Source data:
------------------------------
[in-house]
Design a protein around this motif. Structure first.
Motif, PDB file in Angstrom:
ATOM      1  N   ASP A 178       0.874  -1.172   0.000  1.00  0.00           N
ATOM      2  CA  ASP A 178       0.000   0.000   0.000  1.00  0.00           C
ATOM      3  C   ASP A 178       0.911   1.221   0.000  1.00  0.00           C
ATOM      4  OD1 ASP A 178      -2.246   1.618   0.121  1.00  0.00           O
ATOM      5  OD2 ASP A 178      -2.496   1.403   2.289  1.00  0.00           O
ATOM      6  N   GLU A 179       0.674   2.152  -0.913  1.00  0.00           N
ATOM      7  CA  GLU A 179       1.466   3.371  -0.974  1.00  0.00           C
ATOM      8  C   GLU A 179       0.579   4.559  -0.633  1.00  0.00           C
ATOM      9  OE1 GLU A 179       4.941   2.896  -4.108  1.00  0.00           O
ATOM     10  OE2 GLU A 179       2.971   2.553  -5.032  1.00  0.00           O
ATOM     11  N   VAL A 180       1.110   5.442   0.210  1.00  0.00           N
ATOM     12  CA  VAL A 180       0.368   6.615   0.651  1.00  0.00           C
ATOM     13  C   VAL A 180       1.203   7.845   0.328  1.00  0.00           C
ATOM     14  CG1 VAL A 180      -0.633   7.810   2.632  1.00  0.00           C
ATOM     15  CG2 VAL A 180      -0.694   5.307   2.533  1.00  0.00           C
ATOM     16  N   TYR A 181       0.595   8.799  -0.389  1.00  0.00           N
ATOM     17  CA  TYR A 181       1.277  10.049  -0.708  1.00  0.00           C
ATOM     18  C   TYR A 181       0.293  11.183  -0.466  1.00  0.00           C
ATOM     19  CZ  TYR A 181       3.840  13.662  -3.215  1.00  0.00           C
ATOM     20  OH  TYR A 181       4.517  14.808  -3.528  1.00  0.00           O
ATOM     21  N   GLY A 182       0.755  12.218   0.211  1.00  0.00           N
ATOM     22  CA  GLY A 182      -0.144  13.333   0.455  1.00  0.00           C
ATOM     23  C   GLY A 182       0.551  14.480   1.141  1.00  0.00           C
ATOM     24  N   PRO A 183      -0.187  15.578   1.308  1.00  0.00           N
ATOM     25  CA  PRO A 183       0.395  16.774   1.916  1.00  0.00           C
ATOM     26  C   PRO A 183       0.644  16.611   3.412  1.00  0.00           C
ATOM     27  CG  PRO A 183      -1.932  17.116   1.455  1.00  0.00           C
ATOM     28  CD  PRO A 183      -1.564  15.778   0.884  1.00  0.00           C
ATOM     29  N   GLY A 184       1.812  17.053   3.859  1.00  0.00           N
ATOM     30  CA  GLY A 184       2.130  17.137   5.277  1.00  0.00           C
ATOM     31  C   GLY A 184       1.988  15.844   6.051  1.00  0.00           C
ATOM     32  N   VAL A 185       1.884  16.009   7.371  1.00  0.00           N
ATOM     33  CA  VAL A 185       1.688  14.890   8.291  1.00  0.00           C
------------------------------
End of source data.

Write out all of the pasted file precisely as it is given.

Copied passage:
[in-house]
Design a protein around this motif. Structure first.
Motif, PDB file in Angstrom:
ATOM      1  N   ASP A 178       0.874  -1.172   0.000  1.00  0.00           N
ATOM      2  CA  ASP A 178       0.000   0.000   0.000  1.00  0.00           C
ATOM      3  C   ASP A 178       0.911   1.221   0.000  1.00  0.00           C
ATOM      4  OD1 ASP A 178      -2.246   1.618   0.121  1.00  0.00           O
ATOM      5  OD2 ASP A 178      -2.496   1.403   2.289  1.00  0.00           O
ATOM      6  N   GLU A 179       0.674   2.152  -0.913  1.00  0.00           N
ATOM      7  CA  GLU A 179       1.466   3.371  -0.974  1.00  0.00           C
ATOM      8  C   GLU A 179       0.579   4.559  -0.633  1.00  0.00           C
ATOM      9  OE1 GLU A 179       4.941   2.896  -4.108  1.00  0.00           O
ATOM     10  OE2 GLU A 179       2.971   2.553  -5.032  1.00  0.00           O
ATOM     11  N   VAL A 180       1.110   5.442   0.210  1.00  0.00           N
ATOM     12  CA  VAL A 180       0.368   6.615   0.651  1.00  0.00           C
ATOM     13  C   VAL A 180       1.203   7.845   0.328  1.00  0.00           C
ATOM     14  CG1 VAL A 180      -0.633   7.810   2.632  1.00  0.00           C
ATOM     15  CG2 VAL A 180      -0.694   5.307   2.533  1.00  0.00           C
ATOM     16  N   TYR A 181       0.595   8.799  -0.389  1.00  0.00           N
ATOM     17  CA  TYR A 181       1.277  10.049  -0.708  1.00  0.00           C
ATOM     18  C   TYR A 181       0.293  11.183  -0.466  1.00  0.00           C
ATOM     19  CZ  TYR A 181       3.840  13.662  -3.215  1.00  0.00           C
ATOM     20  OH  TYR A 181       4.517  14.808  -3.528  1.00  0.00           O
ATOM     21  N   GLY A 182       0.755  12.218   0.211  1.00  0.00           N
ATOM     22  CA  GLY A 182      -0.144  13.333   0.455  1.00  0.00           C
ATOM     23  C   GLY A 182       0.551  14.480   1.141  1.00  0.00           C
ATOM     24  N   PRO A 183      -0.187  15.578   1.308  1.00  0.00           N
ATOM     25  CA  PRO A 183       0.395  16.774   1.916  1.00  0.00           C
ATOM     26  C   PRO A 183       0.644  16.611   3.412  1.00  0.00           C
ATOM     27  CG  PRO A 183      -1.932  17.116   1.455  1.00  0.00           C
ATOM     28  CD  PRO A 183      -1.564  15.778   0.884  1.00  0.00           C
ATOM     29  N   GLY A 184       1.812  17.053   3.859  1.00  0.00           N
ATOM     30  CA  GLY A 184       2.130  17.137   5.277  1.00  0.00           C
ATOM     31  C   GLY A 184       1.988  15.844   6.051  1.00  0.00           C
ATOM     32  N   VAL A 185       1.884  16.009   7.371  1.00  0.00           N
ATOM     33  CA  VAL A 185       1.688  14.890   8.291  1.00  0.00           C